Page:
You get the idea. I invented a high-level concept. I played with it to the point where I could extrapolate consequences, but I didn’t like the results. Therefore I decided to go back and make changes: an iterative process of trial and error until I reach a set-up that appeals to me.
Notice that this “world” is actually our own, except for the addition of the new technology and the presence of aliens. I followed up on those additions to see what their effects would be. I’d do the same if I were inventing a whole new world…except that the process would be more complicated, because there’d be many more differences from modern-day Earth.
Also notice that I’ve only been talking about high-level differences. What would the low-level differences be? Well, rooms would no longer need doors. In fact, there might be a surge of people building hidden rooms, on the theory that thieves can’t steal your stuff if they don’t know where it is or even that it’s there.
There’d also be lots of armed guards hired by VIPs: if kidnappers can enter any room, the only way to protect yourself is to have bodyguards who’ll neutralize intruders as soon as they appear. Wealthy and important people will never be able to be alone for fear of kidnappers and killers. How will that affect society? Politics? Personal sanity? What’s the psychological fallout of never being alone? And what’s the social fallout of being led by people in that position? Hmm…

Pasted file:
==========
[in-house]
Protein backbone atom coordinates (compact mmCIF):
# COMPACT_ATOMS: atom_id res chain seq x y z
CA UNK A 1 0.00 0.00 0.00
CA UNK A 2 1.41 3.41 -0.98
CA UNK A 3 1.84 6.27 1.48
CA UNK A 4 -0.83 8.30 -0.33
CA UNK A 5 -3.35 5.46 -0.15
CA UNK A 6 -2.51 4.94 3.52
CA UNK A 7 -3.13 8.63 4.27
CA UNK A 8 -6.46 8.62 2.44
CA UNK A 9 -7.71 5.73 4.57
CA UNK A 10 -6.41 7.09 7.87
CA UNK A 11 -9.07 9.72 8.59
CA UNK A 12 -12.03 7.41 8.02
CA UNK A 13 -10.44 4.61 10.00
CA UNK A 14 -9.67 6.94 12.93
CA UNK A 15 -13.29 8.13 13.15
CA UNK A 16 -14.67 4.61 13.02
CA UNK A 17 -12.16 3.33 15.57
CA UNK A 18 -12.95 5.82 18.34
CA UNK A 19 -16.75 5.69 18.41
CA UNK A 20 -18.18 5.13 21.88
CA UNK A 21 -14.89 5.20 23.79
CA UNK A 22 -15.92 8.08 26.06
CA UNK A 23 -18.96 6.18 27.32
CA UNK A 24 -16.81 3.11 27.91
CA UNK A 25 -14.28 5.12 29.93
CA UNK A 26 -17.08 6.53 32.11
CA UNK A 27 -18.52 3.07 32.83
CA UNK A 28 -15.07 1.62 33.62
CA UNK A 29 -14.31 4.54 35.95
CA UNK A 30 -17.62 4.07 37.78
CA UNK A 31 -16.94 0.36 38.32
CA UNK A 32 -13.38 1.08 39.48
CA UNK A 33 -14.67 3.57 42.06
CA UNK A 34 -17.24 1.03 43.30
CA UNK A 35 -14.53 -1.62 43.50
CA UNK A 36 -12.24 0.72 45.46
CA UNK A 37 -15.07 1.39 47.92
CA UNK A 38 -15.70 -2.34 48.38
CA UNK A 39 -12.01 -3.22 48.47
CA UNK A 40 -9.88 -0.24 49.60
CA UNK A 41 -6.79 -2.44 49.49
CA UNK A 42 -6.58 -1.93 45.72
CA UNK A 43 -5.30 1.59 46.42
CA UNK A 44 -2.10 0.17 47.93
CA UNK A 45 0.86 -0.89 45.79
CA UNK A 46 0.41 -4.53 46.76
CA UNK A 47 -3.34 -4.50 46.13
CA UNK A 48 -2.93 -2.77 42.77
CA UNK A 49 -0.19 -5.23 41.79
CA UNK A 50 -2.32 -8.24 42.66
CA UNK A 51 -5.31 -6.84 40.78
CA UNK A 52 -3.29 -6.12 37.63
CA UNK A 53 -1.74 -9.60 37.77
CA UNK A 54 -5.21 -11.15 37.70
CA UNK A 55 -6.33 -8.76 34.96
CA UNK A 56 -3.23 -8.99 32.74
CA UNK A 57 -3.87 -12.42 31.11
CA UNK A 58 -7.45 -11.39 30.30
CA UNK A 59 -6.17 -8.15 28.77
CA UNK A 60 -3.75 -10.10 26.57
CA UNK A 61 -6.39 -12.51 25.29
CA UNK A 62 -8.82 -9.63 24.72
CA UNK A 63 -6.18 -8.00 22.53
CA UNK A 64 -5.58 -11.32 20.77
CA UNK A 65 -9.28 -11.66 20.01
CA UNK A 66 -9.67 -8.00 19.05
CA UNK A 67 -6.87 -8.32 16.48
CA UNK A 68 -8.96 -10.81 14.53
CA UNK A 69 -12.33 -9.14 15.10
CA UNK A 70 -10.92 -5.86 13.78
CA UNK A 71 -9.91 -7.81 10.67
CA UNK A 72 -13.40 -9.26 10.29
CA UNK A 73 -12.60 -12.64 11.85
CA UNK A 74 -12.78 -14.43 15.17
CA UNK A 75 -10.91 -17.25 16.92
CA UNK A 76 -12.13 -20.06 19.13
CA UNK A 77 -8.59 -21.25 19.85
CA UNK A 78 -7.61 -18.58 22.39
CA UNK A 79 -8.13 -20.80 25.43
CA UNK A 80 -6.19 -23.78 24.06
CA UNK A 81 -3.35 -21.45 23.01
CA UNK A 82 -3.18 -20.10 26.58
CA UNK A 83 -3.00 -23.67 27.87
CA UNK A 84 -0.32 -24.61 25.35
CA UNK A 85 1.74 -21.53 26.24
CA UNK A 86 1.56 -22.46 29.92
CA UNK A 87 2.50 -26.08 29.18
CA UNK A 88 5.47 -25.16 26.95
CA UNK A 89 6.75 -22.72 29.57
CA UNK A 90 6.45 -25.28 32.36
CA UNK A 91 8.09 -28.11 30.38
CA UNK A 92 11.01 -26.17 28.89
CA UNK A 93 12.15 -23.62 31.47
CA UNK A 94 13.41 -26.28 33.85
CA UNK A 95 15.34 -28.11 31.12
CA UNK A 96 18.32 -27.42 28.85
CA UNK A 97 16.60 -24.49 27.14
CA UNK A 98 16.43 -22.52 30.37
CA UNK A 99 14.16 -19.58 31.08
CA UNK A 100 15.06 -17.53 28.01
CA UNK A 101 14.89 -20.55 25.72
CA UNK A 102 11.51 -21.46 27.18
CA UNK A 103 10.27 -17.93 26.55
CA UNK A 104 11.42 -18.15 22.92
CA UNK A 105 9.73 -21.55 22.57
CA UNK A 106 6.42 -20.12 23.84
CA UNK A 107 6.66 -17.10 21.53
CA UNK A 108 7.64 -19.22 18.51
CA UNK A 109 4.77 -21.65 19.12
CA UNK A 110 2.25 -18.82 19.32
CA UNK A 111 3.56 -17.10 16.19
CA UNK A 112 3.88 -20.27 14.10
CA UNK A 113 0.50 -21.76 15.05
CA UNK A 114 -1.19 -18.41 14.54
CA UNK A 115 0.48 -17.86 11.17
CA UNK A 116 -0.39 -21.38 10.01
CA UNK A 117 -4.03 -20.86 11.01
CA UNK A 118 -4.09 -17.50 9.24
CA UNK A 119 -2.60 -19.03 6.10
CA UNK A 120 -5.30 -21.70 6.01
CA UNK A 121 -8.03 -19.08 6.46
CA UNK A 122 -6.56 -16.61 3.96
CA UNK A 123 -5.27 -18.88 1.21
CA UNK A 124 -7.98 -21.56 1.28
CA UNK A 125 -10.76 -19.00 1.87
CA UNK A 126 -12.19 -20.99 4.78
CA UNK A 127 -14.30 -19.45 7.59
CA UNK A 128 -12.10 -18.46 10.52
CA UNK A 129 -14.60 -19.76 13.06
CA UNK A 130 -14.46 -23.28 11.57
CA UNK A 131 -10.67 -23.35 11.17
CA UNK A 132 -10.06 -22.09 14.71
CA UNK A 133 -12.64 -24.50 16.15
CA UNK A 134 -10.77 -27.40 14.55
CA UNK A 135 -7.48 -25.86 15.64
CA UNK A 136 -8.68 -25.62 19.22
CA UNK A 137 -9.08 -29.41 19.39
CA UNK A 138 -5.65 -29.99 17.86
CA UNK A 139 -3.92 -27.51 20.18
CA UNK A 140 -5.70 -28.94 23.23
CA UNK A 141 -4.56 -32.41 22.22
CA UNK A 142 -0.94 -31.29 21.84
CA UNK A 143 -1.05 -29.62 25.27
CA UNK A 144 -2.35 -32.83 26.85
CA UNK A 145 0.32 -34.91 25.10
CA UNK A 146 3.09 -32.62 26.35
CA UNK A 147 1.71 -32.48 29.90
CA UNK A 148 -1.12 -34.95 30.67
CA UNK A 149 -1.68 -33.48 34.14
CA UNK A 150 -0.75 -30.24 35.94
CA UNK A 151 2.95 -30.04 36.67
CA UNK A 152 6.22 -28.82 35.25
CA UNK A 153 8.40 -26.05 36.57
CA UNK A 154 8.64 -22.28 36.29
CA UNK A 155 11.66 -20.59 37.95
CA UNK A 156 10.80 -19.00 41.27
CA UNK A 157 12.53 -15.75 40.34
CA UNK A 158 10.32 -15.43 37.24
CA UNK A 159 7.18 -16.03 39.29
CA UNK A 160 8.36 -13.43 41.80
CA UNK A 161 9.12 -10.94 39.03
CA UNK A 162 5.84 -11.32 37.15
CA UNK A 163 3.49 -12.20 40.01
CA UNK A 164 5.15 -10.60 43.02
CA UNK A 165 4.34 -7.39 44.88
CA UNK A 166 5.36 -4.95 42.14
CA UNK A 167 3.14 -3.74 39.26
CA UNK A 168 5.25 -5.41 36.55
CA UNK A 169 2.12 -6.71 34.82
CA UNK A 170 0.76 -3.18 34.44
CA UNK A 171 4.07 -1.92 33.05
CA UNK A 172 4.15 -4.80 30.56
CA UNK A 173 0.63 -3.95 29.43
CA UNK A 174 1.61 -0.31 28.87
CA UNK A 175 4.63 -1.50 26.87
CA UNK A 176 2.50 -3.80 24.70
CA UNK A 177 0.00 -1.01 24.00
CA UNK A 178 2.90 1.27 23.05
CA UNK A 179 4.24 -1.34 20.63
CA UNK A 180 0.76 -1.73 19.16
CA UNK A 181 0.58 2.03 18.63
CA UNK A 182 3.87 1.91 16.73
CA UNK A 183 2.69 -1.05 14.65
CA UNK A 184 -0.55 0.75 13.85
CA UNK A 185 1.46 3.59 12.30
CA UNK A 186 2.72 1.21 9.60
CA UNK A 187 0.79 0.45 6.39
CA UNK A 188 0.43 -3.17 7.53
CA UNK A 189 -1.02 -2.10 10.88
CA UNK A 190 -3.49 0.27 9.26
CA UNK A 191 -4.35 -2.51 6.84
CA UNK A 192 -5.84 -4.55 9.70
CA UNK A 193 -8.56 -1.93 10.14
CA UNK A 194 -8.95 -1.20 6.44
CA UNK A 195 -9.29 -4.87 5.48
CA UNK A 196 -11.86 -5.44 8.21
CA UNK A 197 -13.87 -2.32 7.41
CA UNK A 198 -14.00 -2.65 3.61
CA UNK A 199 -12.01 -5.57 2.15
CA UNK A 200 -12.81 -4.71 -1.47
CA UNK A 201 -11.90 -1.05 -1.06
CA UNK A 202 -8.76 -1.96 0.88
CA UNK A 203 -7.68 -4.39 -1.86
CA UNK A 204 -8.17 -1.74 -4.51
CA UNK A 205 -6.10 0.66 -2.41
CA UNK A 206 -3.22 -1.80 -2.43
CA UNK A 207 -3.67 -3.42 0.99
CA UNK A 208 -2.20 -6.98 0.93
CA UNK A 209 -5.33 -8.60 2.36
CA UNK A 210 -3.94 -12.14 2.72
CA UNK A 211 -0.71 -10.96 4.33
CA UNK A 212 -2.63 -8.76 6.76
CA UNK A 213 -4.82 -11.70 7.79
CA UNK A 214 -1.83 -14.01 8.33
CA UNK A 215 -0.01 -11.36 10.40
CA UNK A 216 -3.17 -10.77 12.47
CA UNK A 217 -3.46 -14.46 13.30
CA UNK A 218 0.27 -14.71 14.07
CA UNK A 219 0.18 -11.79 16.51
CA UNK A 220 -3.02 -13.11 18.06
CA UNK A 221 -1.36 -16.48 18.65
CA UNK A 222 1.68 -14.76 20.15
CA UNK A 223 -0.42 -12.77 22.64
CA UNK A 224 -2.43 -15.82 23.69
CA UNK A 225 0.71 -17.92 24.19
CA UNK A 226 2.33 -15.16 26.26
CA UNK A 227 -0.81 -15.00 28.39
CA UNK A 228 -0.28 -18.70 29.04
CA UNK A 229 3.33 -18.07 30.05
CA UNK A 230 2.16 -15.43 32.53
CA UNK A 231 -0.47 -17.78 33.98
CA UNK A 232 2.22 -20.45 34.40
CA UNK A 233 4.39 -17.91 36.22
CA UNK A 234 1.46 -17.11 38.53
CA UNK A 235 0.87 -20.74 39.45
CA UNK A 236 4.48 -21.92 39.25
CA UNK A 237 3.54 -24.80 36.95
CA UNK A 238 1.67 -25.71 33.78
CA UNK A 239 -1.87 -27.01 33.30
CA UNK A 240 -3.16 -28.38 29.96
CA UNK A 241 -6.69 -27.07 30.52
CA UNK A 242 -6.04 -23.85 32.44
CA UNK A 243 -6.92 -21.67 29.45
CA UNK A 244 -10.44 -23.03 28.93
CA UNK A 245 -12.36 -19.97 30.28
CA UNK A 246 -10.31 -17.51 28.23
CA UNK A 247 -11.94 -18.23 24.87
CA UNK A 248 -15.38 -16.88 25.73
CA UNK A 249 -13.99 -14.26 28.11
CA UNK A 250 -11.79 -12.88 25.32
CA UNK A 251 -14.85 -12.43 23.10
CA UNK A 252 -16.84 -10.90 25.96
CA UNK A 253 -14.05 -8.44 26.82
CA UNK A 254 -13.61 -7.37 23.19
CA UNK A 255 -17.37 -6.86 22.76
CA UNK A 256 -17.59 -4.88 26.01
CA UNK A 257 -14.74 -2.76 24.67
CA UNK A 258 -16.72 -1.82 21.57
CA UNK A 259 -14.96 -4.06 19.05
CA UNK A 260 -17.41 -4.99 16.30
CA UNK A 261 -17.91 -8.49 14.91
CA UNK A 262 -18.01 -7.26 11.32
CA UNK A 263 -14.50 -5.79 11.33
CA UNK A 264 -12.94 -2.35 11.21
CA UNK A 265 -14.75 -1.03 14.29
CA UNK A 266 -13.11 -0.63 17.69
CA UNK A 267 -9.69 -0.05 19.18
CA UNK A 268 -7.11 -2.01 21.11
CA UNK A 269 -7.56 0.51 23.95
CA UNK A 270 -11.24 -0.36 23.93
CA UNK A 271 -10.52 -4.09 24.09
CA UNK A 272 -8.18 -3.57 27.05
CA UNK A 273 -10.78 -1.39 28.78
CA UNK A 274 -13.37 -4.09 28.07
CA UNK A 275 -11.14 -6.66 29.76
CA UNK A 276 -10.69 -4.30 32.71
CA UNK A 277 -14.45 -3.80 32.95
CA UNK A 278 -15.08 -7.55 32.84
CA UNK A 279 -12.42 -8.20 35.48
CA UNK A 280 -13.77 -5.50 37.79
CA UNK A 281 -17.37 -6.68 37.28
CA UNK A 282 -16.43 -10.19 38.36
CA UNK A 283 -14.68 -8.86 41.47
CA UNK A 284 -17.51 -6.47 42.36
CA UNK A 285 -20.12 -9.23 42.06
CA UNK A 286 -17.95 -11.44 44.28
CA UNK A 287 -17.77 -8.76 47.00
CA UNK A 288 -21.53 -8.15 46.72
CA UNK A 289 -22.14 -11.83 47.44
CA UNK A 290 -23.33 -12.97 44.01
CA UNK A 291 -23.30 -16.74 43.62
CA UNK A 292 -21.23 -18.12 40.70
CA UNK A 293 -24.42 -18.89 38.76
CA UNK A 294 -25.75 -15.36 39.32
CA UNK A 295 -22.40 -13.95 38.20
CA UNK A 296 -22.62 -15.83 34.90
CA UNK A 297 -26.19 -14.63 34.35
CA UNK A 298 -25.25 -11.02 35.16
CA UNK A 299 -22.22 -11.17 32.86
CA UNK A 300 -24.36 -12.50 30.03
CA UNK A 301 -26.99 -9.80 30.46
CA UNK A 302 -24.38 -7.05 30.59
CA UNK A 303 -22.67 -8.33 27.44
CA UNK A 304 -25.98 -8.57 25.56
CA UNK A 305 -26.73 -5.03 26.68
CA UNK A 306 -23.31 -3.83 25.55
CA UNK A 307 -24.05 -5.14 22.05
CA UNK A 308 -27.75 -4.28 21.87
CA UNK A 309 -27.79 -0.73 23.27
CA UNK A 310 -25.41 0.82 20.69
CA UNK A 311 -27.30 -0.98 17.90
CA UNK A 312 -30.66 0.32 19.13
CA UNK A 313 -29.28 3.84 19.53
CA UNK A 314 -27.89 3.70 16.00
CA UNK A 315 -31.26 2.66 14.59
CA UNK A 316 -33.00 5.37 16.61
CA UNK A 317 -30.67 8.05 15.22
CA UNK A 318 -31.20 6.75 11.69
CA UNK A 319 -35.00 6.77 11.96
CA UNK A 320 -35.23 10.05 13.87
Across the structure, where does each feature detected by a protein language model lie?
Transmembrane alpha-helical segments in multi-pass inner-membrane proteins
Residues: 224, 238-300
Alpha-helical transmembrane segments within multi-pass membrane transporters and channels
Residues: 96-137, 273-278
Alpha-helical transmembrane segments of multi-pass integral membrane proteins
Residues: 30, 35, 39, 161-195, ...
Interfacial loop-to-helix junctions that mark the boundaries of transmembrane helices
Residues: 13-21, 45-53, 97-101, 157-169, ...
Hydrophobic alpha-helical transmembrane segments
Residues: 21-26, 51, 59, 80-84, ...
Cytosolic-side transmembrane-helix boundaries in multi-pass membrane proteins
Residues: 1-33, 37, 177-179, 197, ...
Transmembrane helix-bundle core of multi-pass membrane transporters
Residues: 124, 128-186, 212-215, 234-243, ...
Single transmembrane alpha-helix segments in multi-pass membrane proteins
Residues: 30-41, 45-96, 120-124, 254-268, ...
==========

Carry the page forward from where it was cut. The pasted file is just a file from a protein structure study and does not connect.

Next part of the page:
Do I Want to Say More?
I’ve barely touched the surface of world-building, but I’m loath to go deeper. There are so many ins and outs that a few short blog posts can’t possibly do the subject justice. As I said in last month’s entry, it’s better for you to learn as much as possible about how the real world works, and to read a lot of SF to see how what other writers have done.
So instead of continuing with world-building, what shall I look at next? How about the skills associated with telling the reader about your world: i.e., exposition. (Oh noes, the E word!) In the meantime, I hope that all you commenters will share your own views on what is and isn’t useful when it comes to world-building.
James Alan Gardner
James Alan Gardner got his M.Math from the University of Waterloo with a thesis on black holes...and then he immediately started writing science fiction instead. He's been a finalist for the Hugo and Nebula awards, and has won the Theodore Sturgeon Memorial Award as well as the Aurora award (twice). He's published seven novels (beginning with "Expendable"), plus a short story collection and (for street cred) a Lara Croft book. He cares deeply about words and sentences, and is working his way up to paragraphs. Visit site.